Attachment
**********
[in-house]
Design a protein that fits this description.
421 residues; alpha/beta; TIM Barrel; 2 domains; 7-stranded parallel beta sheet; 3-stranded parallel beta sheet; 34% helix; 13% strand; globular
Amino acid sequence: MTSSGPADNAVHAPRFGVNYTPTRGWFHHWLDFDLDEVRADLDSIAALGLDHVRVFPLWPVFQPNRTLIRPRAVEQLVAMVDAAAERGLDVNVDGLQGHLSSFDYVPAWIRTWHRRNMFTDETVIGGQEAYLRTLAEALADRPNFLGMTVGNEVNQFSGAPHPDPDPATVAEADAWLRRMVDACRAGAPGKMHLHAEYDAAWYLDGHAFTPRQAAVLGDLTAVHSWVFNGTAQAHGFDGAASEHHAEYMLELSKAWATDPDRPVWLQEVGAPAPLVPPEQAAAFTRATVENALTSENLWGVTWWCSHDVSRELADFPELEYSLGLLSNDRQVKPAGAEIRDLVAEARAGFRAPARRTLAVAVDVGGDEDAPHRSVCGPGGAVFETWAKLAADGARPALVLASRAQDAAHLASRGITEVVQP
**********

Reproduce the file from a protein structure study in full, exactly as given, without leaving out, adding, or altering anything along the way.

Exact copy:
[in-house]
Design a protein that fits this description.
421 residues; alpha/beta; TIM Barrel; 2 domains; 7-stranded parallel beta sheet; 3-stranded parallel beta sheet; 34% helix; 13% strand; globular
Amino acid sequence: MTSSGPADNAVHAPRFGVNYTPTRGWFHHWLDFDLDEVRADLDSIAALGLDHVRVFPLWPVFQPNRTLIRPRAVEQLVAMVDAAAERGLDVNVDGLQGHLSSFDYVPAWIRTWHRRNMFTDETVIGGQEAYLRTLAEALADRPNFLGMTVGNEVNQFSGAPHPDPDPATVAEADAWLRRMVDACRAGAPGKMHLHAEYDAAWYLDGHAFTPRQAAVLGDLTAVHSWVFNGTAQAHGFDGAASEHHAEYMLELSKAWATDPDRPVWLQEVGAPAPLVPPEQAAAFTRATVENALTSENLWGVTWWCSHDVSRELADFPELEYSLGLLSNDRQVKPAGAEIRDLVAEARAGFRAPARRTLAVAVDVGGDEDAPHRSVCGPGGAVFETWAKLAADGARPALVLASRAQDAAHLASRGITEVVQP